New Mexico readers following major news headlines are undoubtedly aware of a tragedy that occurred on a movie set this past week, involving Hollywood actor, Alec Baldwin and the crew of his new movie, “Rust.” Baldwin reportedly shot the cinematographer and director of the film. Investigators are now questioning Baldwin, as well as the 24-year-old woman who was in charge of firearms maintenance, training and safety on the set. It is logical to assume that someone facing this type of investigation would request criminal defense support.
No charges have yet been filed in this case
While the situation resulted in the tragic death of the cinematographer and injuries to the director, no one who was present on the movie set is facing criminal charges at the time this post is being written. However, as soon as a person becomes a subject in a police investigation, he or she has a right to request legal support. A person need not answer interrogation questions without the benefit of an attorney’s presence.
The armorer publicly stated that she was unsure of her competency
Making matters worse for armorer Hannah Gutierrez-Reed, she has expressed uncertainty publically about her own readiness to work as an armorer on a set previously. In a podcast titled “Voices of the West“, Guiterrez-Reed expressed hesitation at accepting her first position as lead armor in the western called “The Old Way.” She stated, “I almost didn’t take the job because I wasn’t sure if I was ready.” She has also faced additional scrutiny in the past when guns were discharged unexpectedly on other sets of films where she has worked. Working on the set of Rust was only her second time as head armorer.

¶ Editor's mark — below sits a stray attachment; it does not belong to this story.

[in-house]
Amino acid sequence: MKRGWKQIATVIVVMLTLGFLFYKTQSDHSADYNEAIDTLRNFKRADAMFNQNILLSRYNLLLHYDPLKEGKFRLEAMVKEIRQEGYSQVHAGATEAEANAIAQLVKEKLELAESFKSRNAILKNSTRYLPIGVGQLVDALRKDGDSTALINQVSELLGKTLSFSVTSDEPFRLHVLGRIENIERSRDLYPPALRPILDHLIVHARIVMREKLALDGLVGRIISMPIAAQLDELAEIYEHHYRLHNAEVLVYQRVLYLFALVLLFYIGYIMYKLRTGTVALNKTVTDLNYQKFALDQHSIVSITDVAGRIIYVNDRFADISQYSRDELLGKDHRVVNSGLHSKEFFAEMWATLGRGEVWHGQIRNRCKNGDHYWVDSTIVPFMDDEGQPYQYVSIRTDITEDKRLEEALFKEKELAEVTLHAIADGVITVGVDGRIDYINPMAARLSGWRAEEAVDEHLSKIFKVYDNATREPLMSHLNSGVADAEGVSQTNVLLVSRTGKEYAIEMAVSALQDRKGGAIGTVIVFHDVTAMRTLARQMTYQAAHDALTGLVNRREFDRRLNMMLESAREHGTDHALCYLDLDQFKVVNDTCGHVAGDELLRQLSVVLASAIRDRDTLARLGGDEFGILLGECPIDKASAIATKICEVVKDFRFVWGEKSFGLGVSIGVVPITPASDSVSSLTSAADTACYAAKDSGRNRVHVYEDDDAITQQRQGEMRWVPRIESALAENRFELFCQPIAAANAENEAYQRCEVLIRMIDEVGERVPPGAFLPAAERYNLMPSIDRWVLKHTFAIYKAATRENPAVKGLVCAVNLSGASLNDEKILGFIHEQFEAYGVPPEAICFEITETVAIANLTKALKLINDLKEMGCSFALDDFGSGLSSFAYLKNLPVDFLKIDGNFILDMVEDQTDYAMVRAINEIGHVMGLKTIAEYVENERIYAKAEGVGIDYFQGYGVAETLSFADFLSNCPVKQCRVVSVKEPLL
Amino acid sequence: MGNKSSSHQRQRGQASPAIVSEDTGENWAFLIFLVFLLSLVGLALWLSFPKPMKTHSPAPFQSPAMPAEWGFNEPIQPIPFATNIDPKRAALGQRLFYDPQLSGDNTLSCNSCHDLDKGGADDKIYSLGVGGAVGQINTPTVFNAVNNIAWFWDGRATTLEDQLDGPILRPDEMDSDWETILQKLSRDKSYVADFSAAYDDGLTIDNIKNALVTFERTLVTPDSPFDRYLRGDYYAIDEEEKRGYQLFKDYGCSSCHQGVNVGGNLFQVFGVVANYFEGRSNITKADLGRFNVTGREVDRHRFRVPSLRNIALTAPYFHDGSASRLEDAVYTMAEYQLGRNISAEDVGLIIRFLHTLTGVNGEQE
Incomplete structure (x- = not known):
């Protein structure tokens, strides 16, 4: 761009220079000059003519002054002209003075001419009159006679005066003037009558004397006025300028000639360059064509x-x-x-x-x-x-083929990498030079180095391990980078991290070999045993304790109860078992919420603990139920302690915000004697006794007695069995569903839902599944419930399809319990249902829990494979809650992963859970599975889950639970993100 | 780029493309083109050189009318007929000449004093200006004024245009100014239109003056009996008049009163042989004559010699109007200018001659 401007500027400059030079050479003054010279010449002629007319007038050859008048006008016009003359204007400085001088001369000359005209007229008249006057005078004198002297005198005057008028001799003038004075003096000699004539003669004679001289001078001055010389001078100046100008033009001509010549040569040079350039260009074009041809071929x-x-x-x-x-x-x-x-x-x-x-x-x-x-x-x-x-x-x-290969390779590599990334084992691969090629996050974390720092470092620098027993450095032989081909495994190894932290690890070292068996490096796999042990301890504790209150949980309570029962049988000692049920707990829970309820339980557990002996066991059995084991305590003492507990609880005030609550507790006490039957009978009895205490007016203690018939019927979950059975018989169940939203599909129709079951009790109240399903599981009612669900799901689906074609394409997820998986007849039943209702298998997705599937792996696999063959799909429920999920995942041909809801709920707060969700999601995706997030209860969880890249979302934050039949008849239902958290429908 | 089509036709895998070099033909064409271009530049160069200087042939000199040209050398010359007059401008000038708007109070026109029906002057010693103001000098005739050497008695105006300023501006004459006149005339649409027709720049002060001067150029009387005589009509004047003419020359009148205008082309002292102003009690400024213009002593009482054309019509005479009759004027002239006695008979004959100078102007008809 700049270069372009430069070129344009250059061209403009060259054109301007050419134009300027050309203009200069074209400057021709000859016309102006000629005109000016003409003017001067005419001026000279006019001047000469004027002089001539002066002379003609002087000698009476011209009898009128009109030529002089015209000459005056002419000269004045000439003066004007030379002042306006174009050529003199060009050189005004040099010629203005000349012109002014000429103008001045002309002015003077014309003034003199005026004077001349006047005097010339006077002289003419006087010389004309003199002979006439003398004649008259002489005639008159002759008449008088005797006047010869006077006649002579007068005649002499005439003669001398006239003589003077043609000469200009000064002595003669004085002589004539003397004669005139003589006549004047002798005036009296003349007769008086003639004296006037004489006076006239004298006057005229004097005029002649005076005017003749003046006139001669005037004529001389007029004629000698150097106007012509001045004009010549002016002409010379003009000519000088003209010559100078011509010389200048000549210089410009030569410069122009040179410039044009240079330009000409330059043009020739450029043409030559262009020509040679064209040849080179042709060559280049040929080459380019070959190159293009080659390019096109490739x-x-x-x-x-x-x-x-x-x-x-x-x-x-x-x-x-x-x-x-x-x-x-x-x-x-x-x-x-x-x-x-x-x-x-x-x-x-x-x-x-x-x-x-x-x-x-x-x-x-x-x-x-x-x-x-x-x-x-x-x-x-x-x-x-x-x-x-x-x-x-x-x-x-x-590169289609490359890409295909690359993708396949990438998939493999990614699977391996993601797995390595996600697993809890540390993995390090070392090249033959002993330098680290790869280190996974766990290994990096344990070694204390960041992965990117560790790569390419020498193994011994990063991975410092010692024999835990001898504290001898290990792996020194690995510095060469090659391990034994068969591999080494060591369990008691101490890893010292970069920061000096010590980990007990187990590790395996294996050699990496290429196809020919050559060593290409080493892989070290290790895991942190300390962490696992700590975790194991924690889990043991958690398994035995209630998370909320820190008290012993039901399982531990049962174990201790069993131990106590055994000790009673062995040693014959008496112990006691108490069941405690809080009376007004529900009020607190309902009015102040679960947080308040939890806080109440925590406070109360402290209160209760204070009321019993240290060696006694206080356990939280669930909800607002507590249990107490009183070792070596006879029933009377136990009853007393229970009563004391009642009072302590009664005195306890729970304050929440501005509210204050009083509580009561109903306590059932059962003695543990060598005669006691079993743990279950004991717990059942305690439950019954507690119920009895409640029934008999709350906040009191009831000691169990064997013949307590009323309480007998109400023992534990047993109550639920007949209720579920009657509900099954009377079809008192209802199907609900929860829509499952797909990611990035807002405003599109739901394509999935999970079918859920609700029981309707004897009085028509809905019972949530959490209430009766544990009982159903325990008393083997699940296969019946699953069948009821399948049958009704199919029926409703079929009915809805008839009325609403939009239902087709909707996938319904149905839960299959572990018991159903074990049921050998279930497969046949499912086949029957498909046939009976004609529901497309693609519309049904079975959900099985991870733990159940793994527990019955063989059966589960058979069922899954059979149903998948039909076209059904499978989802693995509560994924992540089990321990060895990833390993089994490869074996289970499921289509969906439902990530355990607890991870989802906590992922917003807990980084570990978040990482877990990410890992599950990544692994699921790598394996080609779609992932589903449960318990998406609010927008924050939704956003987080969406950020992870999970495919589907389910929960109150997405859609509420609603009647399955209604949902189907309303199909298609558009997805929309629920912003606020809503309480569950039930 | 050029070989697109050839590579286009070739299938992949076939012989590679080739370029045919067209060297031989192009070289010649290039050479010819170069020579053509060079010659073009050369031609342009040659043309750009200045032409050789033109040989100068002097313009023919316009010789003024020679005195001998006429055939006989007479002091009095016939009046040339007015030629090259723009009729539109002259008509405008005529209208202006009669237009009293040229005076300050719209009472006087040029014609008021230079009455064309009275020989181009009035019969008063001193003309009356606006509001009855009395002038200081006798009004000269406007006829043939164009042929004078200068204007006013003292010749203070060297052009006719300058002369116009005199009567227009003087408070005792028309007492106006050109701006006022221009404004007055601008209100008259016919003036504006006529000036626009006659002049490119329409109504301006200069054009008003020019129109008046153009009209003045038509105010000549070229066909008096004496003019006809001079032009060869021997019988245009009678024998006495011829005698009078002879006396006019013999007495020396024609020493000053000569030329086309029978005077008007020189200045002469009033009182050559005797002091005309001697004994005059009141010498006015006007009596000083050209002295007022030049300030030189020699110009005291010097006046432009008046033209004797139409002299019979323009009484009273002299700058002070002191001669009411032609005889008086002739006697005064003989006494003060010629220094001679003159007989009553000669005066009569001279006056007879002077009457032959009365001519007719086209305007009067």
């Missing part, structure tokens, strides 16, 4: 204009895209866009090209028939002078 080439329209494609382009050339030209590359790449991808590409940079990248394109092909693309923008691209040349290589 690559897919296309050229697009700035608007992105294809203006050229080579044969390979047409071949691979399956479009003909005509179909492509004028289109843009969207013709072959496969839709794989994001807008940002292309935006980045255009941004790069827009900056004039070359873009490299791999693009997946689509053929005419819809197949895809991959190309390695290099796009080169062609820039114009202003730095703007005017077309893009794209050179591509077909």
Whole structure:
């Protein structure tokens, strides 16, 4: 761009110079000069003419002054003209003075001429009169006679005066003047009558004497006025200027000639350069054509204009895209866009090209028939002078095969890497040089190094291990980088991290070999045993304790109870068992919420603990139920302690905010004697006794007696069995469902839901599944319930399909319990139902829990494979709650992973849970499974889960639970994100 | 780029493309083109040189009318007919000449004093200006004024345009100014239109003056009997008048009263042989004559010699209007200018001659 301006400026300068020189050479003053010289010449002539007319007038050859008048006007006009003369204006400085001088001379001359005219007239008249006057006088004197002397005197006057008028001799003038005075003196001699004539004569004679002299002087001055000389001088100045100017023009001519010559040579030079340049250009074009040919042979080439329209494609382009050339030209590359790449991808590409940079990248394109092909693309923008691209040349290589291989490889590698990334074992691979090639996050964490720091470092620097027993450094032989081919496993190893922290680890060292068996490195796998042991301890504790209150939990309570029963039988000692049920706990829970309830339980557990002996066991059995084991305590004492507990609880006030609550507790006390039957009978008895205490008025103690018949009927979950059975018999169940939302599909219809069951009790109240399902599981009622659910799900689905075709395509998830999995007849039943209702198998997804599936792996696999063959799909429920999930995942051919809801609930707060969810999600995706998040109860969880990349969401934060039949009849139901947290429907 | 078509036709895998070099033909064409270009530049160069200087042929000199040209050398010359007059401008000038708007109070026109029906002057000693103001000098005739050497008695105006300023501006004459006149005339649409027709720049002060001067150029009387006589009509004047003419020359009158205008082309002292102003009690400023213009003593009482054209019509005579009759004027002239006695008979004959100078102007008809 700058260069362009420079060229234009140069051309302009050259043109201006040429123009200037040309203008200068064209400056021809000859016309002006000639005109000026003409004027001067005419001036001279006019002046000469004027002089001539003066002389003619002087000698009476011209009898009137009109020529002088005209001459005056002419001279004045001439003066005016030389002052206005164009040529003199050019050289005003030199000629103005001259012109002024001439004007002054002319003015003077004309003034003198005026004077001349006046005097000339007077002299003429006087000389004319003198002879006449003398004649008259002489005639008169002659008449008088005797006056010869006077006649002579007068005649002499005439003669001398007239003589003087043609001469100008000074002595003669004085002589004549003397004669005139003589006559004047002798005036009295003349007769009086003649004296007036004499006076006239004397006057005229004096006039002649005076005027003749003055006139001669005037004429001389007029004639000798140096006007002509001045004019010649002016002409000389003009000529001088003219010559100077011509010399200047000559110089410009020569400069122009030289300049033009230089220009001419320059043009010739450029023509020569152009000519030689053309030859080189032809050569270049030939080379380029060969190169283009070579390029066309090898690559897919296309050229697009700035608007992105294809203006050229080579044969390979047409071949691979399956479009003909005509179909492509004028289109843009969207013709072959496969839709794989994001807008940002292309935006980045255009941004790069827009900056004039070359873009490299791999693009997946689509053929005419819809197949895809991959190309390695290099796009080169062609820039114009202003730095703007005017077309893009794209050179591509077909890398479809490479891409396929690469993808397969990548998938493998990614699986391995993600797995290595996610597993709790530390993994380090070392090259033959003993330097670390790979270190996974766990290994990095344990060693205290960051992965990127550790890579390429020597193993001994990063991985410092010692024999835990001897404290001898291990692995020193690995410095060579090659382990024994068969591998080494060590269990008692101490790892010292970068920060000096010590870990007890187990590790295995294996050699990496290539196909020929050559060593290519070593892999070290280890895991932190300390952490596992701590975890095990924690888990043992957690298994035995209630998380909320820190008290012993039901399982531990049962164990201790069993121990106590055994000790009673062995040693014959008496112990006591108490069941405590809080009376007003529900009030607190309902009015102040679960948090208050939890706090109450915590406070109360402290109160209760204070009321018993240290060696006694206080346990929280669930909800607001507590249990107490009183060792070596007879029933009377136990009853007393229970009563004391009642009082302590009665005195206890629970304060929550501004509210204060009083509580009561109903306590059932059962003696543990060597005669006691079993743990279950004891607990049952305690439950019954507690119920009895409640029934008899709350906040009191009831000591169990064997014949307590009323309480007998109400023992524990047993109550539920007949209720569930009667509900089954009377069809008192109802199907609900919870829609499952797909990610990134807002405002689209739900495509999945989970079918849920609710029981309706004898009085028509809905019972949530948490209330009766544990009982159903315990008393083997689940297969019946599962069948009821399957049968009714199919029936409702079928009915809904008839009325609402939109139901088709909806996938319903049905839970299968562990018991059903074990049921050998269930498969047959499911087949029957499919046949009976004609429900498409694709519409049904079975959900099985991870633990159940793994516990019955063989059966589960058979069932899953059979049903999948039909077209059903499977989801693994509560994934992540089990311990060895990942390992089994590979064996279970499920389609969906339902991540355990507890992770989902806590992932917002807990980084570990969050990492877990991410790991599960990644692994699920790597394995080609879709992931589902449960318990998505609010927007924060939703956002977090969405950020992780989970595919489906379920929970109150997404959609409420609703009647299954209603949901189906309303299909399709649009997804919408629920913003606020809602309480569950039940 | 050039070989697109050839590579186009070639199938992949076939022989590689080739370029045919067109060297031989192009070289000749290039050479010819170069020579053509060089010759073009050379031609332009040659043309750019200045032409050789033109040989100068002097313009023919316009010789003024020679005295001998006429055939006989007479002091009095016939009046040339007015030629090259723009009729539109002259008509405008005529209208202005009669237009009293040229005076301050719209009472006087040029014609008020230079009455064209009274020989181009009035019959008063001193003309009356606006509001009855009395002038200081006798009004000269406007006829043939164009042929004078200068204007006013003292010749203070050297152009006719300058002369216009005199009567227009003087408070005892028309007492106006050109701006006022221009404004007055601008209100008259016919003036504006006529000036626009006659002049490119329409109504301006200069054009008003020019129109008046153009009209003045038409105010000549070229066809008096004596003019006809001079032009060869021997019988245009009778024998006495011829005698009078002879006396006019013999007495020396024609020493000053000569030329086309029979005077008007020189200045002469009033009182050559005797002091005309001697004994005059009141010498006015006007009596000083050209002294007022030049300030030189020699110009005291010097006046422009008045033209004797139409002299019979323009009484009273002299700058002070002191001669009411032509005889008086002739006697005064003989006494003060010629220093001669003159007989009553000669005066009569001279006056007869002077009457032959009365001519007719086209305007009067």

However, lawyers for Guiterrez-Reed argue that Guiterrez-Reed has “no idea where the live rounds came from” and also assert that she was not given time to properly train those on set. Whether the formal investigation of this Hollywood movie tragedy results in criminal charges remains to be seen.
Public opinion and criminal evidence are two separate matters
If a person in New Mexico or elsewhere is under investigation on suspicion of a firearms violation following a shooting that resulted in injury or fatality, he or she has a right to discuss the case with an experienced criminal defense attorney, even if no arrest has been made or no charges have been filed at the time. Denying someone the right to legal representation under investigation is a personal rights violation. If a person winds up facing criminal charges in court, an attorney may request a case dismissal or challenge evidence as inadmissible if there is proof that a personal rights violation took place leading up to, during or following an arrest.